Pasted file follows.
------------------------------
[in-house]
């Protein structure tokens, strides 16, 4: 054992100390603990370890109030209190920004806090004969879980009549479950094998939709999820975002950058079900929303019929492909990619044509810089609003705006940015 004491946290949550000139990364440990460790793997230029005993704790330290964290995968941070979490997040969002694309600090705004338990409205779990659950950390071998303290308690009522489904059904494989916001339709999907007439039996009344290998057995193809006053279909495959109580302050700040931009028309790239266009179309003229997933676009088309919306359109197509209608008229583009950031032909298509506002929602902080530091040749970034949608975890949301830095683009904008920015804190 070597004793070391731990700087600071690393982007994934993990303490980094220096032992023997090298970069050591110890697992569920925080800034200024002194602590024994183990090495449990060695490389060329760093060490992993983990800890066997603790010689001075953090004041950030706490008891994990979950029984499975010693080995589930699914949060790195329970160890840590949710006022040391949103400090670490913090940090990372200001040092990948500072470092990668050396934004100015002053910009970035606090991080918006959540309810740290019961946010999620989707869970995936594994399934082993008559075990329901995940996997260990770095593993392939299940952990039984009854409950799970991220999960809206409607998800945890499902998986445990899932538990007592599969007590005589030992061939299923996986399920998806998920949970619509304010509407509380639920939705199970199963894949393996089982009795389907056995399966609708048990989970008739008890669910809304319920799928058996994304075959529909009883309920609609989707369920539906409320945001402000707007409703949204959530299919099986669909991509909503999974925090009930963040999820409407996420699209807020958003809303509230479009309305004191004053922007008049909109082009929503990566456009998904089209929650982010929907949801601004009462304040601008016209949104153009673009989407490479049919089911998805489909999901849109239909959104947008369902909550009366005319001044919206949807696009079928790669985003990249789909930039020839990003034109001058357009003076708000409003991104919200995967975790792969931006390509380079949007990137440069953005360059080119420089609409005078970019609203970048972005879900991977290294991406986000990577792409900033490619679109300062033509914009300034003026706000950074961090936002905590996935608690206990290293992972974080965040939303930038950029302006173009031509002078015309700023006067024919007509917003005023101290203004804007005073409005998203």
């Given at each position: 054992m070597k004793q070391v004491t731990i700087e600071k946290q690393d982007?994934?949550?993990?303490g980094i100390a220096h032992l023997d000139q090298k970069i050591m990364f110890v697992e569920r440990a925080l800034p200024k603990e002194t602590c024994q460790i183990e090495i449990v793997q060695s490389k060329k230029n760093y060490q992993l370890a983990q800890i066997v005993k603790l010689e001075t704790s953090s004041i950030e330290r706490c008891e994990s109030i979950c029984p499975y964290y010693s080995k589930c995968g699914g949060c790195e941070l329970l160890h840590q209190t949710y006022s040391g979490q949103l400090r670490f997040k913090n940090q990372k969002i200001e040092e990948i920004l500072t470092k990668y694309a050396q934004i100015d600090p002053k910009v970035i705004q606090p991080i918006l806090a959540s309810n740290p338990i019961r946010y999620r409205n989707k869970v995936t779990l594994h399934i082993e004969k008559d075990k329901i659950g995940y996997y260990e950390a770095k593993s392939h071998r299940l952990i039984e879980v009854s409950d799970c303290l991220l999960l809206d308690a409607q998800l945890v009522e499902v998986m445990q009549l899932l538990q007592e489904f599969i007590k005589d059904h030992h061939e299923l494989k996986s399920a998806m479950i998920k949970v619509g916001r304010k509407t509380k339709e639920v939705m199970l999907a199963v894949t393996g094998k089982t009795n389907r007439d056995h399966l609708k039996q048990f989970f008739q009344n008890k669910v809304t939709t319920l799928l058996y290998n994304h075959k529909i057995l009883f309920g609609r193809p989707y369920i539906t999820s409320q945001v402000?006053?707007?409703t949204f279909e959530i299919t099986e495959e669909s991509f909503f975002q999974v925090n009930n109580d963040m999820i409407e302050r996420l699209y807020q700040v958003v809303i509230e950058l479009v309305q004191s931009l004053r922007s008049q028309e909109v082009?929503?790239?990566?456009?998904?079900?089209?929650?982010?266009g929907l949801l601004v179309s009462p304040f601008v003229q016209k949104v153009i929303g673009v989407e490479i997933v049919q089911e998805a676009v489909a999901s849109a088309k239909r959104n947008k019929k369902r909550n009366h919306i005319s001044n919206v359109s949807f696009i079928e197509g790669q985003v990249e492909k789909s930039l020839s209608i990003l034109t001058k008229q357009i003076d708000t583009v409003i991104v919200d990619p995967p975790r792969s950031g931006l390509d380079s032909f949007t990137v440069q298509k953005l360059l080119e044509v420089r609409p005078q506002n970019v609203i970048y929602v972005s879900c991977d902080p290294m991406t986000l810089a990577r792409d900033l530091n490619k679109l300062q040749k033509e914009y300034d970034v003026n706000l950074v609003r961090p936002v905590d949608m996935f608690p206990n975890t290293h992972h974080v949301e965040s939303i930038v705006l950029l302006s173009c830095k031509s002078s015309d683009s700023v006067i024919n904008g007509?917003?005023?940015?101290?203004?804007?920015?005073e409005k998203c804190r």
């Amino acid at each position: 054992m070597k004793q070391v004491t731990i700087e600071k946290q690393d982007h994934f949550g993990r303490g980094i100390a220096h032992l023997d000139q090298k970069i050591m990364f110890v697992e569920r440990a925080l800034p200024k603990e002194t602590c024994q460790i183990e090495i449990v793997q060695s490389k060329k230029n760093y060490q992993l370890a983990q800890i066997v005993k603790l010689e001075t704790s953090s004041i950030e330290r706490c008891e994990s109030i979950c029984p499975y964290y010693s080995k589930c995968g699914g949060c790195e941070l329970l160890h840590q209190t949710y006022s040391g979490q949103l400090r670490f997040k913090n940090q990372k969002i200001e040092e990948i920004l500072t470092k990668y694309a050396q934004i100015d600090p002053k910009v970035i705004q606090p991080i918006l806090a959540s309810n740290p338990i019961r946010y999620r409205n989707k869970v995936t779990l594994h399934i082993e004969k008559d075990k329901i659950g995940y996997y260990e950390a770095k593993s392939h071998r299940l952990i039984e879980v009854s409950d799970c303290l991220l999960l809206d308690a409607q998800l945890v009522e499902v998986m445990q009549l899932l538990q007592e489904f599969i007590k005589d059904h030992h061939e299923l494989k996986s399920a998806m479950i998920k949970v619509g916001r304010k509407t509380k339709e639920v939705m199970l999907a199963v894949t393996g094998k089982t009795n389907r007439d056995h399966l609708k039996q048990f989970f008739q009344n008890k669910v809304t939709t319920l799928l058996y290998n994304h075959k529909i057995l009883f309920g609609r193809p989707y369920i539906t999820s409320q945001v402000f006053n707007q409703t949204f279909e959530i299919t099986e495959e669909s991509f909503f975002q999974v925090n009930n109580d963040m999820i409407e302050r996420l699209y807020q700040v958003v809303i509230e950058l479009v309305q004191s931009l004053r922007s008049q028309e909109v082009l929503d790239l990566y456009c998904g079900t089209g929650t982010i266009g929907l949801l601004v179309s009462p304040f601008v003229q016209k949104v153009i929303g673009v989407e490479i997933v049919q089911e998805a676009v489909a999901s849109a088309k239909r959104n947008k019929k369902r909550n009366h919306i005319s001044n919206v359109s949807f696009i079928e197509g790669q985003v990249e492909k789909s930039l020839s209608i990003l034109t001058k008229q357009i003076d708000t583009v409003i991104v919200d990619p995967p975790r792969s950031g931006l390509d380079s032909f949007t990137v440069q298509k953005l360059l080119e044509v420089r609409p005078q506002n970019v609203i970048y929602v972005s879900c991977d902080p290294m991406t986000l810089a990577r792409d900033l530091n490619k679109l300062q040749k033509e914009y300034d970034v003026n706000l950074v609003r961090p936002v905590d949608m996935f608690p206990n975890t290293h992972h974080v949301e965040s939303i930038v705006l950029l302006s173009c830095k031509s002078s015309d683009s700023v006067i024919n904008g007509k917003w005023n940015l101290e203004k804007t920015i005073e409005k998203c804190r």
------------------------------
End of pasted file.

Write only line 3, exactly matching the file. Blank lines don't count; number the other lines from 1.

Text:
């Given at each position: 054992m070597k004793q070391v004491t731990i700087e600071k946290q690393d982007?994934?949550?993990?303490g980094i100390a220096h032992l023997d000139q090298k970069i050591m990364f110890v697992e569920r440990a925080l800034p200024k603990e002194t602590c024994q460790i183990e090495i449990v793997q060695s490389k060329k230029n760093y060490q992993l370890a983990q800890i066997v005993k603790l010689e001075t704790s953090s004041i950030e330290r706490c008891e994990s109030i979950c029984p499975y964290y010693s080995k589930c995968g699914g949060c790195e941070l329970l160890h840590q209190t949710y006022s040391g979490q949103l400090r670490f997040k913090n940090q990372k969002i200001e040092e990948i920004l500072t470092k990668y694309a050396q934004i100015d600090p002053k910009v970035i705004q606090p991080i918006l806090a959540s309810n740290p338990i019961r946010y999620r409205n989707k869970v995936t779990l594994h399934i082993e004969k008559d075990k329901i659950g995940y996997y260990e950390a770095k593993s392939h071998r299940l952990i039984e879980v009854s409950d799970c303290l991220l999960l809206d308690a409607q998800l945890v009522e499902v998986m445990q009549l899932l538990q007592e489904f599969i007590k005589d059904h030992h061939e299923l494989k996986s399920a998806m479950i998920k949970v619509g916001r304010k509407t509380k339709e639920v939705m199970l999907a199963v894949t393996g094998k089982t009795n389907r007439d056995h399966l609708k039996q048990f989970f008739q009344n008890k669910v809304t939709t319920l799928l058996y290998n994304h075959k529909i057995l009883f309920g609609r193809p989707y369920i539906t999820s409320q945001v402000?006053?707007?409703t949204f279909e959530i299919t099986e495959e669909s991509f909503f975002q999974v925090n009930n109580d963040m999820i409407e302050r996420l699209y807020q700040v958003v809303i509230e950058l479009v309305q004191s931009l004053r922007s008049q028309e909109v082009?929503?790239?990566?456009?998904?079900?089209?929650?982010?266009g929907l949801l601004v179309s009462p304040f601008v003229q016209k949104v153009i929303g673009v989407e490479i997933v049919q089911e998805a676009v489909a999901s849109a088309k239909r959104n947008k019929k369902r909550n009366h919306i005319s001044n919206v359109s949807f696009i079928e197509g790669q985003v990249e492909k789909s930039l020839s209608i990003l034109t001058k008229q357009i003076d708000t583009v409003i991104v919200d990619p995967p975790r792969s950031g931006l390509d380079s032909f949007t990137v440069q298509k953005l360059l080119e044509v420089r609409p005078q506002n970019v609203i970048y929602v972005s879900c991977d902080p290294m991406t986000l810089a990577r792409d900033l530091n490619k679109l300062q040749k033509e914009y300034d970034v003026n706000l950074v609003r961090p936002v905590d949608m996935f608690p206990n975890t290293h992972h974080v949301e965040s939303i930038v705006l950029l302006s173009c830095k031509s002078s015309d683009s700023v006067i024919n904008g007509?917003?005023?940015?101290?203004?804007?920015?005073e409005k998203c804190r």